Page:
China Just Invented a New Strain of Rice That Can Grow in Saltwater

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World hunger could become a solvable issue in the near future now that a Chinese scientist has developed a strain of rice that can grow in seawater. Traditionally, rice crops require fresh water to grow, but in order to produce more food for a growing population, scientists are developing more rice strains. The aptly dubbed “sea rice” will be able to feed an estimated 200 million people.

IFL Science reports that over 20 percent of the rice crops now harvested in the world were created by Yuan Longping. Longping, who is better known as the godfather of rice, created this latest strain in a lab located off the northern coast of China near the Yellow Sea.

Longping made this new discovery by gradually introducing salt water into rice patties along the coast. Over 200 different strains of rice were tested, and each strain had a different reaction when combined with seawater.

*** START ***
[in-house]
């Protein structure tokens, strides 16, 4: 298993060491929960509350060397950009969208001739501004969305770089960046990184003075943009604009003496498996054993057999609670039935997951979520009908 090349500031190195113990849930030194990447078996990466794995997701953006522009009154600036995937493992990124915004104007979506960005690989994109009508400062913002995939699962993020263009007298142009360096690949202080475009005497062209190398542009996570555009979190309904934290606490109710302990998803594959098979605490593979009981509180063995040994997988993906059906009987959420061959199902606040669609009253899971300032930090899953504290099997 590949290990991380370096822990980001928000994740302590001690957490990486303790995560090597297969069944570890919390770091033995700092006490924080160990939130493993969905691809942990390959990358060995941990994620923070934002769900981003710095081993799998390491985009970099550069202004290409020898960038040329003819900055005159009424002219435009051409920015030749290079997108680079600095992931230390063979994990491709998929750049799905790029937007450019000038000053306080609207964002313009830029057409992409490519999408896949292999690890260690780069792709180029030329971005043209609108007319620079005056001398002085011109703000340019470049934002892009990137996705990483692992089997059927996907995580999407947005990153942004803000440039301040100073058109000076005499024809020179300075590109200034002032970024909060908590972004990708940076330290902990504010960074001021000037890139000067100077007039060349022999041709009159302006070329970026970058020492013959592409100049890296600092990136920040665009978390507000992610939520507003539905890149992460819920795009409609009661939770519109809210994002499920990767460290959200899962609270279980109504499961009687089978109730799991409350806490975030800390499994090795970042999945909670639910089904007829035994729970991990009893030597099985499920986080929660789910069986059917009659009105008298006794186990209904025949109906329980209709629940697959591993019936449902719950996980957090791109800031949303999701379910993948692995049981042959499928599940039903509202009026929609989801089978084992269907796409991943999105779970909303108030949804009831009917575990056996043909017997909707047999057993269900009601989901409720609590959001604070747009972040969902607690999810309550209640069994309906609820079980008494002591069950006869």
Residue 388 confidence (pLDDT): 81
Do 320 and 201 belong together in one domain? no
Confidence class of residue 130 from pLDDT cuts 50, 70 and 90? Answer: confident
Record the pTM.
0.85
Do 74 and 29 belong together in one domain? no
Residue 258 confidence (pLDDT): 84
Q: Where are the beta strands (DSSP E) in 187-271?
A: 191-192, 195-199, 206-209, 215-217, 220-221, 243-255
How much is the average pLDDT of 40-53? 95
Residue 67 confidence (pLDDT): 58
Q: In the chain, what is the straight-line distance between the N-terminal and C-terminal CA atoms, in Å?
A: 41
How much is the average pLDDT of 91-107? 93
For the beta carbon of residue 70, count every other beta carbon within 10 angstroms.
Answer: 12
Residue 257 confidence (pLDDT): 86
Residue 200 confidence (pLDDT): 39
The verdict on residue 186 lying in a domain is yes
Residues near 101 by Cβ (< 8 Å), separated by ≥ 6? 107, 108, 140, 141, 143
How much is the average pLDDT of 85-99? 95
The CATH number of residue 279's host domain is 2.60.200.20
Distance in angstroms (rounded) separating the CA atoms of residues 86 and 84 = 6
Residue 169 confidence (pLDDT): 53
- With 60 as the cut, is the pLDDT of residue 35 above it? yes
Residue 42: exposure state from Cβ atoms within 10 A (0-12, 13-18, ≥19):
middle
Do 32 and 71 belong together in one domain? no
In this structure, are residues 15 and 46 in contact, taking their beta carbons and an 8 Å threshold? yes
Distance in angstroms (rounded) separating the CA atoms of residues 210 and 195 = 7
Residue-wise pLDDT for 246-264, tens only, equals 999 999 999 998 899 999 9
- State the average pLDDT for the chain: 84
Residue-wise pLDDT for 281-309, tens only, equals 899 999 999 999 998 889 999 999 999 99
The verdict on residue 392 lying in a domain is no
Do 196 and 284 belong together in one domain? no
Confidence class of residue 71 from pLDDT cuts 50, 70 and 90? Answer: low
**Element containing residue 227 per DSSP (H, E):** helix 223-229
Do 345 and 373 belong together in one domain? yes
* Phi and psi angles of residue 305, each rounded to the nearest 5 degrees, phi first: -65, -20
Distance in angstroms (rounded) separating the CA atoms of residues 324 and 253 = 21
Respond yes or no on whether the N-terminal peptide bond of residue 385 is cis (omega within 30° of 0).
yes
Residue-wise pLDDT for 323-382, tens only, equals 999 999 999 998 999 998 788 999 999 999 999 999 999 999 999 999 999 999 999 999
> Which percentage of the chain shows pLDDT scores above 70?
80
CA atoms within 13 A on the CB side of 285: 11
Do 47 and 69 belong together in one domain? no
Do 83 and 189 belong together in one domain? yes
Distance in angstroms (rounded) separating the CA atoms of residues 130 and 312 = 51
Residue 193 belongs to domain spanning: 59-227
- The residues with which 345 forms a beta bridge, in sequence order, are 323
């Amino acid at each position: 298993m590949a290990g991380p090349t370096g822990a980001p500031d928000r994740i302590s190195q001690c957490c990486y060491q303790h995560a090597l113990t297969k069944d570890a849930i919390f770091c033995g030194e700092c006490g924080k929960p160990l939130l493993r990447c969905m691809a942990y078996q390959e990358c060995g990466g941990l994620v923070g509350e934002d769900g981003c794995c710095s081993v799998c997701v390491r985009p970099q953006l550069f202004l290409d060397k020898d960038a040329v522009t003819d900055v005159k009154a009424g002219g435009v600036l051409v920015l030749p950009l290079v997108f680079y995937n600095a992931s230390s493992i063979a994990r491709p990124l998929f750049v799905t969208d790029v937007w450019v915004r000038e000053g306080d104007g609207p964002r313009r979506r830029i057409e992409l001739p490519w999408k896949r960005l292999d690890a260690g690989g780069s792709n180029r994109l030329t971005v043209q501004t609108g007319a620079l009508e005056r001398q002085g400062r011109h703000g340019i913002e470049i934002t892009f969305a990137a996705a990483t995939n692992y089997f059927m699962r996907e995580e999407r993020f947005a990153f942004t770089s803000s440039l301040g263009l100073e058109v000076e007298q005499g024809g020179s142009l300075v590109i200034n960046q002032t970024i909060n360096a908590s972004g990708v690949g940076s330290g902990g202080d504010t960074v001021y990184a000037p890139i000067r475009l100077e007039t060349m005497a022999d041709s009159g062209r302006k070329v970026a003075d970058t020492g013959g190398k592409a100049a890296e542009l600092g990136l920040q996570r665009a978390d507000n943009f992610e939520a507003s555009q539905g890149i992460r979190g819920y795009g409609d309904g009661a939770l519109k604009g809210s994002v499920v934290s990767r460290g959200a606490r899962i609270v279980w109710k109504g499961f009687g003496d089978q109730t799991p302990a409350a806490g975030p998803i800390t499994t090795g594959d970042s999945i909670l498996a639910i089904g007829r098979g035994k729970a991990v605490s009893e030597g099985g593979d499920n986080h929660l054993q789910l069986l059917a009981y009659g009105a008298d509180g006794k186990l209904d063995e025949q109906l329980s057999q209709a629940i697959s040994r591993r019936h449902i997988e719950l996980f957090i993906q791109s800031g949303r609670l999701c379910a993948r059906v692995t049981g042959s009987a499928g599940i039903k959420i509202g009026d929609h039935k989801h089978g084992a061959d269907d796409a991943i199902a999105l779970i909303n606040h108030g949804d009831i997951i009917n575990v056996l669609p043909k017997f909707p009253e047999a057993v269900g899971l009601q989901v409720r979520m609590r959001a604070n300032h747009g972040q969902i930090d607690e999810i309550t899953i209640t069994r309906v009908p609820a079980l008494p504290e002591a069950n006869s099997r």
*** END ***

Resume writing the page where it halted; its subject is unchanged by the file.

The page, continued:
“The test results greatly exceeded our expectations,” said Liu Shiping, a professor who was involved in the process with Longping. This breakthrough could result in an astronomical increase in food in stricken areas of the world.

“If a farmer tries to grow some types of saline-tolerant rice now, he or she most likely will get 1,500 kilograms per hectare [1,322 pounds per acre]. That is just not profitable and not even worth the effort,” Longping said. His newest strain should increase crop output significantly.

Currently, a kilogram of the sea rice strain is being sold for $7.50. Longping and his group of scientist have manufactured over 4.5 metric tons of the strain and plan on growing more in the foreseeable future after gauging the market’s interest in the new strain.

The cost may be a deterrent for some countries, but thousands of customers have already bought this latest rice strain. Early reports indicate that profit from these sales will surpass $1.5 million.

That should provide Longping and his group with plenty of capital to continue their research.